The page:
15. Have to say I’m rapidly changing my opinion on May

    The more and more I look at it the more and more it seems that she’s a genuinely decent person trying to do the best for her country in what is an almost impossible job

    As I’ve said before she’s one of the few Tories who actually has a grasp of some of the potentially dire consequences a hard Brexit would entail and she increasingly seems like the safest option when compared to her would be successors

    Hunt’s made himself look ridiculous with his cheap attempt to curry favour with the Right following his comments about the EU being like the Soviet Union, Javid is waaay too overhyped and I suspect Hammond lacks the support amongst grassroot Tory members to make a leadership bid likely

  16. “Have to say I’m rapidly changing my opinion on May

    The more and more I look at it the more and more it seems that she’s a genuinely decent person trying to do the best for her country in what is an almost impossible job”

    That’s been my own view for quite some time now.

    I thought she made a mistake not quitting immediately after the disastrous General Election, but her subsequent determination to stick it out does indicate she is in it for the right reasons unlike many of her ambitious colleagues.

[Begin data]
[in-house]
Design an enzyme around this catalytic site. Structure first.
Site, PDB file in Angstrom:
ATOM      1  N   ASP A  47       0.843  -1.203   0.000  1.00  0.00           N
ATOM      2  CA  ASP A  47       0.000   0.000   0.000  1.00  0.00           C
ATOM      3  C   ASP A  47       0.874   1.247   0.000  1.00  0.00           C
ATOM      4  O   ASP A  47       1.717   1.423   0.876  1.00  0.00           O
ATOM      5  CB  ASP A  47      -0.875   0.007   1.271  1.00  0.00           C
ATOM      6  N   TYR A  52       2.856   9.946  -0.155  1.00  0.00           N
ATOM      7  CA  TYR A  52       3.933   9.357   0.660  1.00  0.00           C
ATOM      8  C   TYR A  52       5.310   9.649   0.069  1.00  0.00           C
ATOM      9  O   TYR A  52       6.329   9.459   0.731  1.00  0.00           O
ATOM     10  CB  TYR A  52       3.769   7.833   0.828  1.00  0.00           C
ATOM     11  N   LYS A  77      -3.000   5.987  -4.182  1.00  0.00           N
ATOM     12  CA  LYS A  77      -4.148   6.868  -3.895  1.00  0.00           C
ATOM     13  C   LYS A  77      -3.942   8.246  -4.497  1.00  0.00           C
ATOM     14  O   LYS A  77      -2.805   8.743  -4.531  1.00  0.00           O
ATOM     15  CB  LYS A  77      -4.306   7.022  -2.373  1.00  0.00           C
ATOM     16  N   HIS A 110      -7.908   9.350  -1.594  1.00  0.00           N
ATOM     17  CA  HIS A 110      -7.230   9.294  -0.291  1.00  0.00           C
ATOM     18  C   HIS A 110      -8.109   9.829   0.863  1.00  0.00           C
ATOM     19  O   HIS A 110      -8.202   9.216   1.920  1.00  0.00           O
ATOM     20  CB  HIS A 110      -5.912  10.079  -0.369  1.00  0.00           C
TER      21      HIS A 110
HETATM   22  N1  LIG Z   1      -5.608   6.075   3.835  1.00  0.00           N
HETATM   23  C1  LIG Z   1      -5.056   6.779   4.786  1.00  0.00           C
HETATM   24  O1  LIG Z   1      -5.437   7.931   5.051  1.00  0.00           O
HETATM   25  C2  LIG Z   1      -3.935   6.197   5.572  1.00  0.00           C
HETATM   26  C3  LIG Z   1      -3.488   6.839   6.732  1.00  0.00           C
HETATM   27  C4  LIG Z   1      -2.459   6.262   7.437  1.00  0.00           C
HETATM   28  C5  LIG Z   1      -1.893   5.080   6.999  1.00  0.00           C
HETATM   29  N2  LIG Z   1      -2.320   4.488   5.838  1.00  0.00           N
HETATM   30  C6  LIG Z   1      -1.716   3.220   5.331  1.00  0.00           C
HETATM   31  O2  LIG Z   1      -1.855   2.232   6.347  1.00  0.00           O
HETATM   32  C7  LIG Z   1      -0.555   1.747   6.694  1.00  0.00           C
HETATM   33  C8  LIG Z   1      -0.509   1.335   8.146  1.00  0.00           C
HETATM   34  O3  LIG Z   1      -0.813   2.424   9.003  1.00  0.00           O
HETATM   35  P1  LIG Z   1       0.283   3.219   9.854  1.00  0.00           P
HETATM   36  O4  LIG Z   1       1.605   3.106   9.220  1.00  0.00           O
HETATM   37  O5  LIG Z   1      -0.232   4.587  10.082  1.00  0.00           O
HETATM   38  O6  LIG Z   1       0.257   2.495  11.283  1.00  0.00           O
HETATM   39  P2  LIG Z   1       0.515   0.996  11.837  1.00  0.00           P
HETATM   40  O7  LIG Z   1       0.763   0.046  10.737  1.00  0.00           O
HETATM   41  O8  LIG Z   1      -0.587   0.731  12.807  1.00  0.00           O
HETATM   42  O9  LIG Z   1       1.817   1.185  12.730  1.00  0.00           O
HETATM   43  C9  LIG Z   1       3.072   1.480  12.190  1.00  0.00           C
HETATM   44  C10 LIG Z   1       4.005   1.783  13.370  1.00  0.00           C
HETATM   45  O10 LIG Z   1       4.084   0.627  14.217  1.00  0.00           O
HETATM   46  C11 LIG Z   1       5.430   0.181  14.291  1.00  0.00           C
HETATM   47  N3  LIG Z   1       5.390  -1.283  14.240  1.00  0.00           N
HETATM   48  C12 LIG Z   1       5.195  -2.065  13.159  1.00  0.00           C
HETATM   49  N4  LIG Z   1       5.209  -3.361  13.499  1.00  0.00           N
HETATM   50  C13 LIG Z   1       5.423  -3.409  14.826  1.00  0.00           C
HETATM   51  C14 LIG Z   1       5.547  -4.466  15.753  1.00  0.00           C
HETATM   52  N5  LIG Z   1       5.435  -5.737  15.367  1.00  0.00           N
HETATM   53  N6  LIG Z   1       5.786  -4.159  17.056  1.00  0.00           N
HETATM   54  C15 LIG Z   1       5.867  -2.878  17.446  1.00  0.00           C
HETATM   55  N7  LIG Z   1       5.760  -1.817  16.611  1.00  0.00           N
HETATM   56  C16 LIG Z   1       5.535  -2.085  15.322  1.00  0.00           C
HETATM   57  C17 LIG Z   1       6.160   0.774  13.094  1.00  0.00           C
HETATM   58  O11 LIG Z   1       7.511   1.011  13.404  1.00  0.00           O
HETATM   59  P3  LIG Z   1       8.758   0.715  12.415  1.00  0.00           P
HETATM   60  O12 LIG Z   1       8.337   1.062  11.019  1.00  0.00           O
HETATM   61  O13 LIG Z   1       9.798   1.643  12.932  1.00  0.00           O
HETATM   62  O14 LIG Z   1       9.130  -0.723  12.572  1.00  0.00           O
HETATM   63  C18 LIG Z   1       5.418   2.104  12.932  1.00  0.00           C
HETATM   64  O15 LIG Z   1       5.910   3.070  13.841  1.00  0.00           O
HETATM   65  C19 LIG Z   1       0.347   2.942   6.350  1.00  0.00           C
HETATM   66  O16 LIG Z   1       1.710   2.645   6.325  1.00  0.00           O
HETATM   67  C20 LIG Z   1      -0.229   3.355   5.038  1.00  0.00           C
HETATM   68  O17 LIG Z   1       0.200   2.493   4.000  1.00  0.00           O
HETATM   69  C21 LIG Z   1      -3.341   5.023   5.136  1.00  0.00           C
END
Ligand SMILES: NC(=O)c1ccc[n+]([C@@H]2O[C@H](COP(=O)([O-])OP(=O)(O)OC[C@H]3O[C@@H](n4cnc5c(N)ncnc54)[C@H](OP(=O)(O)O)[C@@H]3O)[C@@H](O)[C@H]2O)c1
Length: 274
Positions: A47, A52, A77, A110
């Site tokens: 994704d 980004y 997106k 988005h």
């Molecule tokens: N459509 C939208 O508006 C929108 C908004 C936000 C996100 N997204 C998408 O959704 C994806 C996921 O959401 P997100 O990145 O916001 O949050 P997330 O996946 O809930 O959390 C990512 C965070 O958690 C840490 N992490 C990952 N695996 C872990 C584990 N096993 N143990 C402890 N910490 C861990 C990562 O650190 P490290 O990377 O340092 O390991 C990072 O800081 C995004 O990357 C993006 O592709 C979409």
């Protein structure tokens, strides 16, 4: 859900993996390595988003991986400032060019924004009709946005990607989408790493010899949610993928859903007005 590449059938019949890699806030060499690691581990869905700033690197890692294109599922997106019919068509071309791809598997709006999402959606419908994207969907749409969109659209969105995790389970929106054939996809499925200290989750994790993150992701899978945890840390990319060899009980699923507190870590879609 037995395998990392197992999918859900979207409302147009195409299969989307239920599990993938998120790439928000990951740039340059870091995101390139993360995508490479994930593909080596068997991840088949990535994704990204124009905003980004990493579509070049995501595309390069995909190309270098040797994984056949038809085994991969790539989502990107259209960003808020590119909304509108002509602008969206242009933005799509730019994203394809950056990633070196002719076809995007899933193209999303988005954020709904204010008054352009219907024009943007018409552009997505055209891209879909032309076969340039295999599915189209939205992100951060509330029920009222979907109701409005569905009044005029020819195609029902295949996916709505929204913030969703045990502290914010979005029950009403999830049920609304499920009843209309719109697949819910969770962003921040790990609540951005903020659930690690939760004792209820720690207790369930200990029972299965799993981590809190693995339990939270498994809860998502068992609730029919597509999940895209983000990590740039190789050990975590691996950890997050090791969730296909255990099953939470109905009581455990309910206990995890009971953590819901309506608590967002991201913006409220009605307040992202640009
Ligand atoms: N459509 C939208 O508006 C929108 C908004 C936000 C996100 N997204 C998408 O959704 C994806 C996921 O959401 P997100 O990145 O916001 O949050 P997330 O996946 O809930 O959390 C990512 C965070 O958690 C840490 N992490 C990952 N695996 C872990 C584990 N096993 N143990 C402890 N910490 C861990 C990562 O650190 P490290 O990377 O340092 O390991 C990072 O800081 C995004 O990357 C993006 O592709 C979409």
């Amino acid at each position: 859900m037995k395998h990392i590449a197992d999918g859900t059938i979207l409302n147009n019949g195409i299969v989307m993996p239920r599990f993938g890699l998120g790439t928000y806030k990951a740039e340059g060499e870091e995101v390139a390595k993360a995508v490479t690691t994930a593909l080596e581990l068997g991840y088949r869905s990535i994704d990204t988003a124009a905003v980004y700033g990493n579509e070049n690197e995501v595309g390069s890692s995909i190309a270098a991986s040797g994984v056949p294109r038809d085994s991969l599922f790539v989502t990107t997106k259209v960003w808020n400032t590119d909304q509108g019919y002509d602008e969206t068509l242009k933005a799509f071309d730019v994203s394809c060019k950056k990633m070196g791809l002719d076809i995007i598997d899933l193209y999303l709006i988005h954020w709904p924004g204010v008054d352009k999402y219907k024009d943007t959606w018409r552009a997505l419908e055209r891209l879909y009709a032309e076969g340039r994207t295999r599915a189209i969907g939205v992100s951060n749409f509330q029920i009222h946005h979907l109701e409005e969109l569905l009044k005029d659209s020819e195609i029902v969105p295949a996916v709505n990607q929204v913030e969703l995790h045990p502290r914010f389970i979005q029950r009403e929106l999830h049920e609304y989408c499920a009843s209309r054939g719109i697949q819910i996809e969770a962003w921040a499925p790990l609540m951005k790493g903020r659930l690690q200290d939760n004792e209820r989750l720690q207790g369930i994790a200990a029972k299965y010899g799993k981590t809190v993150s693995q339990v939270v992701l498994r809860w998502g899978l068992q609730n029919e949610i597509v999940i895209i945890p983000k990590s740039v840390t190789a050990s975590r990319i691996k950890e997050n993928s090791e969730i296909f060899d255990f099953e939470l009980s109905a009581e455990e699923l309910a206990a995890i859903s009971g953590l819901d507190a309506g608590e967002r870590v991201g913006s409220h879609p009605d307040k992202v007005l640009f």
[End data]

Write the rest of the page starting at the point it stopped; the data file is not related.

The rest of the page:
One more point none of you have mentioned is nonetheless a very important one. Namely that virtually every other EU leader absolutely loathes Boris Johnson and would also be very wary of dealing with an ultra left PM like Corbyn. This therefore gives May yet another unlikely crutch to lean on. My hunch is that at the 11th hour the EU will cut May enough slack for her to survive with some kind of deal to avert chaos. For better or worse May is the kind of conventional leader they are used to dealing with. They would prefer that to having to handle unpredictable negotiations with Boris or Corbyn.

  17. ‘This therefore gives May yet another unlikely crutch to lean on. My hunch is that at the 11th hour the EU will cut May enough slack for her to survive with some kind of deal to avert chaos’

    I’m beginning to think that too – which is why comments like Hunt’s are deeply damaging in more ways than one